By W. A. Mackenzie.
Chatto and Windus.
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It is hard to say whence comes that strange delusion which makes almost every man fancy himself a born detective. Possibly it is only a symptom of that even more universal fallacy which leads the man in the street to imagine that anyone can direct a Government department except the permanent officials.
Anyhow, so long as this inscrutable instinct survives, detective stories, complicated concatenations of impossible crimes, will continue to find an enthusiastic public, and many a mute inglorious Sherlock Holmes will swell with pride as he unravels incredible complications with machine-like accuracy.
In stories of this type it is emphatically true that "the plot's the thing." Characterisation is unnecessary. The world may be divided into criminals, detectives, and the people who are the victims of both.
In the select circle of "crime-novelists" (an ambiguous term used in a wholly Pickwickian sense) Mr. Mackenzie takes a high place. He combines ingenuity with audacity, and never allows his plot to get out of hand for a moment. The problem of constructing a detective story is even more difficult than it appears, because the materials are so limited. Criminals are sadly monotonous, and the success of the heaven-born detective is scarcely less so.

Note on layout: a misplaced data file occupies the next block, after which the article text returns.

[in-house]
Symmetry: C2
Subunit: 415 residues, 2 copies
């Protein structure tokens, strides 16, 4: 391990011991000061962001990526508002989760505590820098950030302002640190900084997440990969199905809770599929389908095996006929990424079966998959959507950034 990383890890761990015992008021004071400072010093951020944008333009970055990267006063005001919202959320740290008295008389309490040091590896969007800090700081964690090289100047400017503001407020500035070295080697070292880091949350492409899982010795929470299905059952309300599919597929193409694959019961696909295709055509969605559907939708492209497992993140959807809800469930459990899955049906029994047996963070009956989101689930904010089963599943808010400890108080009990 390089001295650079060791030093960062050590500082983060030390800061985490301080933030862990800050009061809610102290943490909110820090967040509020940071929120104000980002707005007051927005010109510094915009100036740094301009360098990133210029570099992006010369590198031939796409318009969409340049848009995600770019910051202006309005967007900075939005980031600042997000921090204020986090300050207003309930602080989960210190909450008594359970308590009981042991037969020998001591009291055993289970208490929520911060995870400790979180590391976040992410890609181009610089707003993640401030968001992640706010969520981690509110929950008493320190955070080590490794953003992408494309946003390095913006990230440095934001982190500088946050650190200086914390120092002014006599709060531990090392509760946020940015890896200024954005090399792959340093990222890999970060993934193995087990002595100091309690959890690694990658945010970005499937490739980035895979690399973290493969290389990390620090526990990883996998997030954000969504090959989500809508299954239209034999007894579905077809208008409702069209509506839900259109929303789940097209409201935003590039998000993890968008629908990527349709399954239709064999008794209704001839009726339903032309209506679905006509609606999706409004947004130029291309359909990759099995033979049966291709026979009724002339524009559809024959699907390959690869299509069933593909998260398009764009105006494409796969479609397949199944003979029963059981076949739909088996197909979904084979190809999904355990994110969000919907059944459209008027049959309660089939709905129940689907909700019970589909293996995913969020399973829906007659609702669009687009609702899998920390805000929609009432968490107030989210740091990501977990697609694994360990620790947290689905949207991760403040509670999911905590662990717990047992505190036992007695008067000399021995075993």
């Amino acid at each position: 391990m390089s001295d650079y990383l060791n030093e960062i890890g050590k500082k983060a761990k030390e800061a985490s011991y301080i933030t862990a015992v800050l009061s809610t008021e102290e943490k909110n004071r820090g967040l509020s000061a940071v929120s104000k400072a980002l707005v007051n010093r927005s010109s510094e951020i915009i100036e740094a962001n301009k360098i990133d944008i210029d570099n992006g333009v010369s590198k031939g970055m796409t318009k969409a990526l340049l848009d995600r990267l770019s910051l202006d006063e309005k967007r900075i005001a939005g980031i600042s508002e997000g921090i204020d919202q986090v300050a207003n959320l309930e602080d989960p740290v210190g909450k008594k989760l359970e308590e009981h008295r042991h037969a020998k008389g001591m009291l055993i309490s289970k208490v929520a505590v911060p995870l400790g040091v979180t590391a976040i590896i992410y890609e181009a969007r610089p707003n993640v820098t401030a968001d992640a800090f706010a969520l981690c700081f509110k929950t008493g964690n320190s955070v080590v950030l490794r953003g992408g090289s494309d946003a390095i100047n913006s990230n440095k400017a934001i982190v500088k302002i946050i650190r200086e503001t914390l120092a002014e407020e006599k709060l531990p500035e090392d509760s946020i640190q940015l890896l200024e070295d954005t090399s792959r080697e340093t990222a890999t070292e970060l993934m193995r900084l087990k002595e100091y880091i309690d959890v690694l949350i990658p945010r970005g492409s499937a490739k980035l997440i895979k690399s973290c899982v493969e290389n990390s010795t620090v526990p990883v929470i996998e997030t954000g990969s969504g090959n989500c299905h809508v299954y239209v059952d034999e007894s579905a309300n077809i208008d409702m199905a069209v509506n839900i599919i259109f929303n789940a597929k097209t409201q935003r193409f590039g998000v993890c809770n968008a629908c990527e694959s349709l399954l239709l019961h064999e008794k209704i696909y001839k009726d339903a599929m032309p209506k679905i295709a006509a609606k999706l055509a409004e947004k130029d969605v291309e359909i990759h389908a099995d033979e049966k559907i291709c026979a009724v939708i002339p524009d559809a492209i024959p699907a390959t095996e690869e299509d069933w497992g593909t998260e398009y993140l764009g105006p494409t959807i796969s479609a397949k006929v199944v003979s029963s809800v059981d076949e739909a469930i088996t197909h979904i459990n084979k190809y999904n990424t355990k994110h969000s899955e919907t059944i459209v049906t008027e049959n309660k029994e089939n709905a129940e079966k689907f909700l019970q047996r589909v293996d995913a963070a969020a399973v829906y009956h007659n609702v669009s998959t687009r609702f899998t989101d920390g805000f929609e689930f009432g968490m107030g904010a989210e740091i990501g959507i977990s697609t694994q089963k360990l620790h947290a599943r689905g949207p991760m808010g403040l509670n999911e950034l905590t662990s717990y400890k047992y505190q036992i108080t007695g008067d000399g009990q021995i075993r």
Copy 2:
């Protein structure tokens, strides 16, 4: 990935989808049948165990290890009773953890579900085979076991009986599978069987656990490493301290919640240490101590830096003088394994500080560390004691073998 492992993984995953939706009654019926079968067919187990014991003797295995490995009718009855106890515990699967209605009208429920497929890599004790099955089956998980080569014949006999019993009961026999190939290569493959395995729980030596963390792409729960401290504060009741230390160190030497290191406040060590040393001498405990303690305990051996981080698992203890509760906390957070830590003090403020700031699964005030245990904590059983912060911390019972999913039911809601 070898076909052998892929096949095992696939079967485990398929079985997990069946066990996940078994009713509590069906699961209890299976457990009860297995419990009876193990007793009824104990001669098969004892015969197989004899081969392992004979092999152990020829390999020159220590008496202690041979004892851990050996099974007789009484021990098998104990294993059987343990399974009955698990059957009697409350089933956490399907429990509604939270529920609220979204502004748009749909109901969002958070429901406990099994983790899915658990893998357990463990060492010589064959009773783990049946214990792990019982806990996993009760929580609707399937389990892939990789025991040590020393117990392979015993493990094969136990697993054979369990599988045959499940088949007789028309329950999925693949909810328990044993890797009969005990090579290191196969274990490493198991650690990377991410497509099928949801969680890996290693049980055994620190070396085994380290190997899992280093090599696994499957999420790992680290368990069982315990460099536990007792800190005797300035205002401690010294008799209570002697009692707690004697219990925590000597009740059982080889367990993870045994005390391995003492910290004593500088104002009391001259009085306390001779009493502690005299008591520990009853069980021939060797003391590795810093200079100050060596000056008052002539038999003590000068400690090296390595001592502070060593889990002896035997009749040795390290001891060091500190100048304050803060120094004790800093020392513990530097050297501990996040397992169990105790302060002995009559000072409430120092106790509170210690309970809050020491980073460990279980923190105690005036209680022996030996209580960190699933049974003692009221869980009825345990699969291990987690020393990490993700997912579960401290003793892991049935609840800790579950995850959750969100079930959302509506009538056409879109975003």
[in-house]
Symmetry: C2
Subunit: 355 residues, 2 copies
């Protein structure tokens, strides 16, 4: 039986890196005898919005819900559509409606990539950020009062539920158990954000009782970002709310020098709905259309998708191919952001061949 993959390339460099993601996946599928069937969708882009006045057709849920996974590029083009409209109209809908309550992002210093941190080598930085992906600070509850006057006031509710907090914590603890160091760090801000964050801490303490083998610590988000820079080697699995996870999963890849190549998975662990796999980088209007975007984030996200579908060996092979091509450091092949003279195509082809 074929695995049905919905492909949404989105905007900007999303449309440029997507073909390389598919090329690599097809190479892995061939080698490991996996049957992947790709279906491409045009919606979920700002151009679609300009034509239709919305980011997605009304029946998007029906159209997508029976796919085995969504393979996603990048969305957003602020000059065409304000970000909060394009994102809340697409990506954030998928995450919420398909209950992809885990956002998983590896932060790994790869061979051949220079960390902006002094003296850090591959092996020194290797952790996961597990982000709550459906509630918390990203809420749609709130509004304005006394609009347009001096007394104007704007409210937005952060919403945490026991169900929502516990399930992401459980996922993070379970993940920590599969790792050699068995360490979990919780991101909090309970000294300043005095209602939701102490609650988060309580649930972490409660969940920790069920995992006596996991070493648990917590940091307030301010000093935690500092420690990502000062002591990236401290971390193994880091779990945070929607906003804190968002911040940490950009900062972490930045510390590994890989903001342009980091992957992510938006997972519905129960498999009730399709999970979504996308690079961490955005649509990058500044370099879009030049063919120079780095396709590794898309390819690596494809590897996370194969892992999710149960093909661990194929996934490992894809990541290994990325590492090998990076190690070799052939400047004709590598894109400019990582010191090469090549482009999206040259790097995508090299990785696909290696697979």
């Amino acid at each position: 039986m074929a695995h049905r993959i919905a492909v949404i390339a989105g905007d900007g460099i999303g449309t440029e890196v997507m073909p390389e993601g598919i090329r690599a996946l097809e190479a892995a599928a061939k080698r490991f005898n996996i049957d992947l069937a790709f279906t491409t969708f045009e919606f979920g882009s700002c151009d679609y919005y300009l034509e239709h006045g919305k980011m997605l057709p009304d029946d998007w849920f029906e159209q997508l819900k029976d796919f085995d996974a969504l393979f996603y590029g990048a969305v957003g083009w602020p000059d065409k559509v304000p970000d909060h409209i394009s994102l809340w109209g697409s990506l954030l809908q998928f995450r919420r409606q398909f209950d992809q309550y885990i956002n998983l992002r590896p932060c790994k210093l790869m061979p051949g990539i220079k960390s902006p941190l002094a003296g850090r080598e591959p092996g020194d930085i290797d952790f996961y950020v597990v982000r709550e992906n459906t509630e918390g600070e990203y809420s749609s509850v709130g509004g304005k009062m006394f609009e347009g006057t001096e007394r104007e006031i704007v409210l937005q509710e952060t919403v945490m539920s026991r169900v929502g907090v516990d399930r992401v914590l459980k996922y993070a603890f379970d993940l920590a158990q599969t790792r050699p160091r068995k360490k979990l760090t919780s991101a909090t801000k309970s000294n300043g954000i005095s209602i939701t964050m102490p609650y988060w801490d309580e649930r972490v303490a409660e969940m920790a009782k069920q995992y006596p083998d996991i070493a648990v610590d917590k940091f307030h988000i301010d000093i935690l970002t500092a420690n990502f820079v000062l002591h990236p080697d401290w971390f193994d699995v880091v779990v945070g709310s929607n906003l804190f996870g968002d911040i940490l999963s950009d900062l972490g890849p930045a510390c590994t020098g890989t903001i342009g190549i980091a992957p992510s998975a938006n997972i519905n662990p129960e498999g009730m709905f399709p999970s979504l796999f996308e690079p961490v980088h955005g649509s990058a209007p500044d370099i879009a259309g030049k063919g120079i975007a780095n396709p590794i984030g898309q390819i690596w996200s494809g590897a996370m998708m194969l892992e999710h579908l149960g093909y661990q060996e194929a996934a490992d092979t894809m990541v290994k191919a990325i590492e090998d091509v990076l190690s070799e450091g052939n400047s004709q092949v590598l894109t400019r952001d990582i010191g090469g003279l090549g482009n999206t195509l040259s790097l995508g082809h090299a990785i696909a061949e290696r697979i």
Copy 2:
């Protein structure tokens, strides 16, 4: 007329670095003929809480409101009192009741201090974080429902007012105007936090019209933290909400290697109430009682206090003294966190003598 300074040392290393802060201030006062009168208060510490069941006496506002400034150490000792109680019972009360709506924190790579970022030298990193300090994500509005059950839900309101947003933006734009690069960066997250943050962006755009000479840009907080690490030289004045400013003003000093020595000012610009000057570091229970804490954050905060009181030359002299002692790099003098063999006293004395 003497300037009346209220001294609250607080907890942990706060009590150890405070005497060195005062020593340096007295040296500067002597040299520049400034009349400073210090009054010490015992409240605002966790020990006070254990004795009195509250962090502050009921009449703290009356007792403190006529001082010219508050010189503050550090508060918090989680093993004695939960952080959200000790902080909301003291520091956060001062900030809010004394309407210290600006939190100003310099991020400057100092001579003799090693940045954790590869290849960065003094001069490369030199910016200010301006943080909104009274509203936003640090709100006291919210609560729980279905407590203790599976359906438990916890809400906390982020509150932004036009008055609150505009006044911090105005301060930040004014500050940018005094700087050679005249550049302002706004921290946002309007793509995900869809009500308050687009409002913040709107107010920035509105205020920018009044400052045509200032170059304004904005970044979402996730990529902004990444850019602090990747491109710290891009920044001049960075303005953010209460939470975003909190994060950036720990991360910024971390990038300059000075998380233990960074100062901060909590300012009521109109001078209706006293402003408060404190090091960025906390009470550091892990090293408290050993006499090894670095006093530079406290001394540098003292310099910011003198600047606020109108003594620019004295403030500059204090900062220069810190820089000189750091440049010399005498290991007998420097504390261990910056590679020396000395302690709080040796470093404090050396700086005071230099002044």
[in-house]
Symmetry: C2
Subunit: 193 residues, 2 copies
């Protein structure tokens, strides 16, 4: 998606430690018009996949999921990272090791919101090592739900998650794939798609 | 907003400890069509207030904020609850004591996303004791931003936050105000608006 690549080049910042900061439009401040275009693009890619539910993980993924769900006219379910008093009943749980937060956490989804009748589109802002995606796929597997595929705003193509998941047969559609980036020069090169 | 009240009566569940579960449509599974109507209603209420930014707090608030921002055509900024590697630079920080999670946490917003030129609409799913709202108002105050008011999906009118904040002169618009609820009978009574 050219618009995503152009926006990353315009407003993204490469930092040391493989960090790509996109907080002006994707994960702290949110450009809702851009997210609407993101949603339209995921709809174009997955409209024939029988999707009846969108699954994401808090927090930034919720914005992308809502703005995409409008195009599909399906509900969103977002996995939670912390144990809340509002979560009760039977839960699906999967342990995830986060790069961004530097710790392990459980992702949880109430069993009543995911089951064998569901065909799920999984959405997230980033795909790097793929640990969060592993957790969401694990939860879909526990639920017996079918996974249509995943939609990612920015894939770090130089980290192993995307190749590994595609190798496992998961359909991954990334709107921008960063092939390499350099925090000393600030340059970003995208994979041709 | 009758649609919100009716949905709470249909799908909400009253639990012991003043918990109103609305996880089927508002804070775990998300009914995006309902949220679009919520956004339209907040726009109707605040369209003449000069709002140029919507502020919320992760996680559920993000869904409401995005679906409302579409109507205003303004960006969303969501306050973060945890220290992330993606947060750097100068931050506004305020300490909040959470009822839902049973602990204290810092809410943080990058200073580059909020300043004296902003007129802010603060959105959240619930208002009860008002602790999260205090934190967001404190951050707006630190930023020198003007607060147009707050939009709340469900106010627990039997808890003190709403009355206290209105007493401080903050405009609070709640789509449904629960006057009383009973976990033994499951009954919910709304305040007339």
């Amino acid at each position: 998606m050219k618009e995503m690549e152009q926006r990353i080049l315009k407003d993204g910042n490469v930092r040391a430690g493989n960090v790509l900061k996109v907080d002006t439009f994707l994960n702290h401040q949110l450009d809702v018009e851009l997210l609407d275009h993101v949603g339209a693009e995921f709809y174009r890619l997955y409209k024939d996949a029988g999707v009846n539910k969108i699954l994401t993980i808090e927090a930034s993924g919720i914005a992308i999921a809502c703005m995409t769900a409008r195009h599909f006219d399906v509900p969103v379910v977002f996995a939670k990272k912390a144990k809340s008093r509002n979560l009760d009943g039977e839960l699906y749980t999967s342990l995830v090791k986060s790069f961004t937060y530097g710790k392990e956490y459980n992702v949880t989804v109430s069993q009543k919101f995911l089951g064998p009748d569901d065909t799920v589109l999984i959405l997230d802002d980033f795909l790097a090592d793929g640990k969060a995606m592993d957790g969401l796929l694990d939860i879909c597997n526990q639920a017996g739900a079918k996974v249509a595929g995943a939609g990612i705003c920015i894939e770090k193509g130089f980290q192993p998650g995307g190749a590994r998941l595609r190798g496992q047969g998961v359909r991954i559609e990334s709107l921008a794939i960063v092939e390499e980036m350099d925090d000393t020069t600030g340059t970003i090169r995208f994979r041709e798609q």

Still Mr. Mackenzie contrives to make a very dexterous use of well worn material, and the idea of a burglar at Scotland Yard is certainly novelty itself. "The Drexel Dream" bristles with excitement, and ought to tickle the palate of the most jaded reader. — "Novel Notes," THE BOOKMAN [U.K.] (April 1905; scroll to page 31)But another critic isn't too impressed:
'The Drexel Dream' is a wonderful ornament of jewels, the theft of which is the chief motif of Mr. Mackenzie's narrative.
Interwoven is a sensational history of two brothers involving the introduction of French politics; there is also a display of hypnotism, and a marvellous surgical operation.
In a word, Mr. Mackenzie has effected a combination of unusual and startling incidents which give point and raciness, if not reality, to his production.
As a detective tale the story has obvious weaknesses. The villain stands in the Green Park, his murdered brother at his feet. He wipes the blood from his poignard, regards the Chief of Scotland Yard with a Mephistophelian smile, and informs him that since the report of firearms would be heard in Piccadilly he will regretfully leave the life whole in him. Thereupon the cold-blooded wretch shows the infuriated Chief the glorious jewel he has stolen, trips him up, and escapes in the confusion.
The reader is tempted to inquire why the unwary Chief was not killed after the manner of former victims; but of course the story could not have continued in that case, for the Chief is the narrator. — THE PUBLISHER'S CIRCULAR (December 31, 1904)Category: Detective fiction